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Tag Archives | rose water

Treats for Seker Bayrami, Eid Al-Fitr – Gullac, Baklava and more

Wonderful blue tiles at the Blue Mosque

There is a wonderful excitement in my parent’s home in Istanbul, as the holy month of Ramadan is now reaching to its end soon. My mother has been fasting, and we are all look forward to being together this year to celebrate the end of Ramadan in Istanbul. Ramadan is a time of spiritual reflection, improvement, charity, as well as increased devotion and worship. I love seeing family and friends visiting each other, elderly eagerly waiting for the young ones to pay a visit; little ones eagerly waiting for their sweet treats. Ramadan is a wonderful opportunity to give back to the community, share what you have and visit one another. A wonderful time when feelings of tolerance and charity are foremost in people’s minds.

Inside of the Blue Mosque; a special time to visit during Ramadan


My mother has so many treats in her mind for the family and friends to share. One of her favorite dessert for this time of the year is the traditional dessert, Gullac. This lovely, light dessert is prepared with Gullac wafers which is made with corn starch and wheat flour. You can find Gullac wafers at specialty or Middle Eastern stores, or at Turkish online shops like Tulumba or Marketurk in the UK.

Güllaç contains walnuts or almonds between the layers which are soaked in milk. It is light and wonderful dessert for warm summer days. You can decorate Gullac with pomegranate seeds in winter or dried fruits like apricots in summer; crushed pistachios are also wonderful over gullac.

Delicious and refreshing Gullac dessert, very light too

Delicious and refreshing Gullac dessert, very light too


1 pack gullac wafers

600gr sugar

3kg milk

6 tbsp rose water

400gr crushed almonds

Chopped dried apricots and crushed pistachios to decorate


Combine milk and sugar in a heavy pan and bring to a boil. Add the rose water to the boiling milk.

Moisten the gullac wafers with milk. Spread the half of the wafers on top of each other on a wide tray. Sprinkle crushed walnuts or almonds in the middle, and stack the rest of gullac layers, soaked in the milk mixture. Pour the rest of the milk mixture over the top wafer and let it cool.  Garnish with dried apricot and crushed pistachio and serve.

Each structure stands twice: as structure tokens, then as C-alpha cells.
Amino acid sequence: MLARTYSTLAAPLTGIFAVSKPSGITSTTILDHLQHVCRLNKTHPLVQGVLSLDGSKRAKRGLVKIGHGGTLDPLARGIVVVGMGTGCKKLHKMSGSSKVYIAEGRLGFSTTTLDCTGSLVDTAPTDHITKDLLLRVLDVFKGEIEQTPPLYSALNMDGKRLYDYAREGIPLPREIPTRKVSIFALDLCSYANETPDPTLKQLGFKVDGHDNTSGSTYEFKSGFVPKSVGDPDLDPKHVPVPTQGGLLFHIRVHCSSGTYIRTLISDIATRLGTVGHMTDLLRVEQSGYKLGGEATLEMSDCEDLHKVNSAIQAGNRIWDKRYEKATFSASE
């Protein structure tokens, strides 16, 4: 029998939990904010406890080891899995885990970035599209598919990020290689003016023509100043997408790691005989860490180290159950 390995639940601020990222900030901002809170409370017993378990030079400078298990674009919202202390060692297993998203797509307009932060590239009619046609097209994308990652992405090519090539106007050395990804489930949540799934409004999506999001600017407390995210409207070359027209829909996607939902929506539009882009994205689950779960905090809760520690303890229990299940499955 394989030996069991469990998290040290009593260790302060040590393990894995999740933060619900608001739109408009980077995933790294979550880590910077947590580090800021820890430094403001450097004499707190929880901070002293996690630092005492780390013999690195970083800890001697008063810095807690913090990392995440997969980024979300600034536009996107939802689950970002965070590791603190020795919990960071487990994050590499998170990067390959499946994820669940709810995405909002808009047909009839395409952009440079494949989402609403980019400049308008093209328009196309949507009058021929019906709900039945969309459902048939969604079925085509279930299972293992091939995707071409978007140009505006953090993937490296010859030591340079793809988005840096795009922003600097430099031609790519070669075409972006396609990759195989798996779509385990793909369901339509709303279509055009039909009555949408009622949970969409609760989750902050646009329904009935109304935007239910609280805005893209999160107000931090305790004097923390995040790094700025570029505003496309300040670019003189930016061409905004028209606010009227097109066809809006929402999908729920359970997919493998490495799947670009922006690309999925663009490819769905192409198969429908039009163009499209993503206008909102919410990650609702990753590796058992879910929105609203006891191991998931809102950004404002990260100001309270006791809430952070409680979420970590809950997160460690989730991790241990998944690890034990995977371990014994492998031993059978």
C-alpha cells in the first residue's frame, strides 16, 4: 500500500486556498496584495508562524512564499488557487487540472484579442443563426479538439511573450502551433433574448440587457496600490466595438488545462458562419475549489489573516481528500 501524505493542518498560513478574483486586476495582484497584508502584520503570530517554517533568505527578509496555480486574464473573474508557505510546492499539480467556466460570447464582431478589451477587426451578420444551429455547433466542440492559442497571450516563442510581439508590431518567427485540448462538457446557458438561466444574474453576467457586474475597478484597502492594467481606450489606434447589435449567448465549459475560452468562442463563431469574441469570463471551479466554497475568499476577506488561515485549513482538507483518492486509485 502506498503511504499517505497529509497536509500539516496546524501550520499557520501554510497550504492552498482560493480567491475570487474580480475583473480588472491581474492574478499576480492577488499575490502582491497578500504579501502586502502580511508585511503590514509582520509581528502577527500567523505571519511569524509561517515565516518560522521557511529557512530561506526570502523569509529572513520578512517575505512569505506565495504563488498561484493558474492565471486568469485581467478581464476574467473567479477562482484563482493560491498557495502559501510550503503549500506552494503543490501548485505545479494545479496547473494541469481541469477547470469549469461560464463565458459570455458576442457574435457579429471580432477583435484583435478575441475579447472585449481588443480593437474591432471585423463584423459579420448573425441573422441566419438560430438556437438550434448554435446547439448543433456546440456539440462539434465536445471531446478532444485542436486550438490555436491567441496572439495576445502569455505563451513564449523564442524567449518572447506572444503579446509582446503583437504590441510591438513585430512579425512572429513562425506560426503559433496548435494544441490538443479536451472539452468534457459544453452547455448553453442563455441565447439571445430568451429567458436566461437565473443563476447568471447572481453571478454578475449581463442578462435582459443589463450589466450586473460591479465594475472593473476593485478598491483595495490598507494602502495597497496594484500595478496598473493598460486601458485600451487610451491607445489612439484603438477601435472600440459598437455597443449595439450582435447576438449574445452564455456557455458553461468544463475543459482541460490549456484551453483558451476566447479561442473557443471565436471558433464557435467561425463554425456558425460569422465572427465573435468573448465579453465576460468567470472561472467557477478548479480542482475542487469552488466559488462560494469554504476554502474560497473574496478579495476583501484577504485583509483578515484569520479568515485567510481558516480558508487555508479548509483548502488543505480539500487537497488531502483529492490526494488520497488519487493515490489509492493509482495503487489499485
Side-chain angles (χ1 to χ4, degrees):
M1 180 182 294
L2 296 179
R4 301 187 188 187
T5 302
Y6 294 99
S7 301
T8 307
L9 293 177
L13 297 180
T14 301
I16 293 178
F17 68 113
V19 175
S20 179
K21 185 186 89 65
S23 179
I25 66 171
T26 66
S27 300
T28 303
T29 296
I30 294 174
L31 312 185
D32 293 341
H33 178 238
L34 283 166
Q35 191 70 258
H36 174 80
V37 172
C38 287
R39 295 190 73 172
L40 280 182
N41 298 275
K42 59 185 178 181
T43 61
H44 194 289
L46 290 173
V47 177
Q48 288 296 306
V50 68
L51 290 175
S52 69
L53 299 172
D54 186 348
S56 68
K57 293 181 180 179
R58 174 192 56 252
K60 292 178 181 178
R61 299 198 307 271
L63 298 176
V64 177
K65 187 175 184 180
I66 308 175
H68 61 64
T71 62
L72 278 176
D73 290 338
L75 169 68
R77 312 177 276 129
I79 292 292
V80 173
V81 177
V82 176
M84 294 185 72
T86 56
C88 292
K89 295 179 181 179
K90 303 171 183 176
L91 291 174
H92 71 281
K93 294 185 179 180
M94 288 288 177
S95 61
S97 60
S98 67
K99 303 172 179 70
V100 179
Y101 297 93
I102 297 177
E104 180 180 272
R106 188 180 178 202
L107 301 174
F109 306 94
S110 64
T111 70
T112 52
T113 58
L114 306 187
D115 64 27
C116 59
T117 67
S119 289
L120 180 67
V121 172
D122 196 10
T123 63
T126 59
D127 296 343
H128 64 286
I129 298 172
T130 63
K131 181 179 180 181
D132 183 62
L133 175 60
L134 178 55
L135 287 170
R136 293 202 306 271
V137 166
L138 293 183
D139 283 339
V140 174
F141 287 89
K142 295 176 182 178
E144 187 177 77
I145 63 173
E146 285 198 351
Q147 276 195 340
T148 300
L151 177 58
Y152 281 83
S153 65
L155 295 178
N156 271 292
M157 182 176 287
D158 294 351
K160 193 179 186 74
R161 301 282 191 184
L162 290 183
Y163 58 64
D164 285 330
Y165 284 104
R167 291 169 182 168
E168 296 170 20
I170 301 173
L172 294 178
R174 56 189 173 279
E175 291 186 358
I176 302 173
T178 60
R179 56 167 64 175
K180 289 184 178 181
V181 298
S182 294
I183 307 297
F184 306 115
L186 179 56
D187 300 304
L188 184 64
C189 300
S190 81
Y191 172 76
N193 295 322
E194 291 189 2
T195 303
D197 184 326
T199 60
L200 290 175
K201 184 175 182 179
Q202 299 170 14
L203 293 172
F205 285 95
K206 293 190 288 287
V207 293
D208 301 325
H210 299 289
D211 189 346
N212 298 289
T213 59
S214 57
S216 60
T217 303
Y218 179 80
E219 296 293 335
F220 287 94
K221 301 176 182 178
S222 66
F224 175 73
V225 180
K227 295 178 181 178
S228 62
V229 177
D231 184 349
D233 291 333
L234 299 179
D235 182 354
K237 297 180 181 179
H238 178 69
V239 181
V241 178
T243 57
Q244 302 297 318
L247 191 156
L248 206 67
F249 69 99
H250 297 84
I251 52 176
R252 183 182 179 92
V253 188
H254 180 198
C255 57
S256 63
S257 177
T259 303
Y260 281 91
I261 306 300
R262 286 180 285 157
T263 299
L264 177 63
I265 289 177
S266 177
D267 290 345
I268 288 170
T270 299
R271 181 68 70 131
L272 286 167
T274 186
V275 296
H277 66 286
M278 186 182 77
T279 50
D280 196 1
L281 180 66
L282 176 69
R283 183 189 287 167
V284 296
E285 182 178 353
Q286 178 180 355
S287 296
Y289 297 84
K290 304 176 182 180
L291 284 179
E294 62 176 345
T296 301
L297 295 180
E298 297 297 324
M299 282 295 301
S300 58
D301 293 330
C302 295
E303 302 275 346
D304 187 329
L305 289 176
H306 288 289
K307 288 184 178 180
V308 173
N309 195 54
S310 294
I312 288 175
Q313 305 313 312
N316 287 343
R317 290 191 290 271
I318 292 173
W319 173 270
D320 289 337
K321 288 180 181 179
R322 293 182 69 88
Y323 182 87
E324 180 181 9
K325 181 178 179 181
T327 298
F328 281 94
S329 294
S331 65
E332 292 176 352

Here are some more ideas for end of Ramadan treats; who can resist baklava? It is easy to make home made baklava using fillo sheets.

Scrumptious baklava with pistachios

Here is Ekmek Kadayifi – Turkish bread pudding dessert, served with kaymak, our thick clotted cream.

Ekmek Kadayifi; a traditional dessert especially at the southern Turkey

How about our dried fig dessert with stuffed with walnuts? Here, the dried fig is first poached in hot water for a few minutes to soften up then stuffed with nuts.

Poached dried figs stuffed with nuts, decorated with pistachio nuts

As you see, the sweets are the stars for the end of Ramadan festivities. If you rather prefer savory to sweet, then boreks are your best bet. Su borek made  with paper thin yufka sheets or with fillo pastry sheets, with cheese and parsley filling, may be just the thing.

Cheese and parsley filled borek; lovely treat


Whatever treat you may choose, I hope you enjoy them and have a chance to share with others.


Blue Mosque from the terrace of the Armada Hotel

Afiyet olsun!




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Home Made Turkish Delight – Lokum

Lokum ph2,Turkish Delight with OTT

Home made, fragrant Turkish Delights; easier than you think!

Have you ever tried Turkish Delight? These delicately flavored, scrumptious sweets are one ofTurkey’s hallmarks. They can be plain, sade, delicately flavored with fragrant rose water or dried fruits, nuts and desiccated coconut can be incorporated into the luscious mouthfuls of fragrant jelly.

Scrumptious Turkish Delights with nuts in Turkey; they are a real treat

My children love Turkish Delight, and living abroad, I can’t always get those wonderful delights from home. Making Turkish Delight, having them properly set can be a bit of a challenge, but this new recipe we tried at my Turkish cooking class last weekend came out so well, we were all so pleased! And yes, you can now make Turkish Delight in your home! I would allow for the fragrant jelly to set at least overnight (and more if you can). They also make wonderful gifts; to pack as presents, sprinkle a little corn flour mixture into a bag to stop sweets sticking.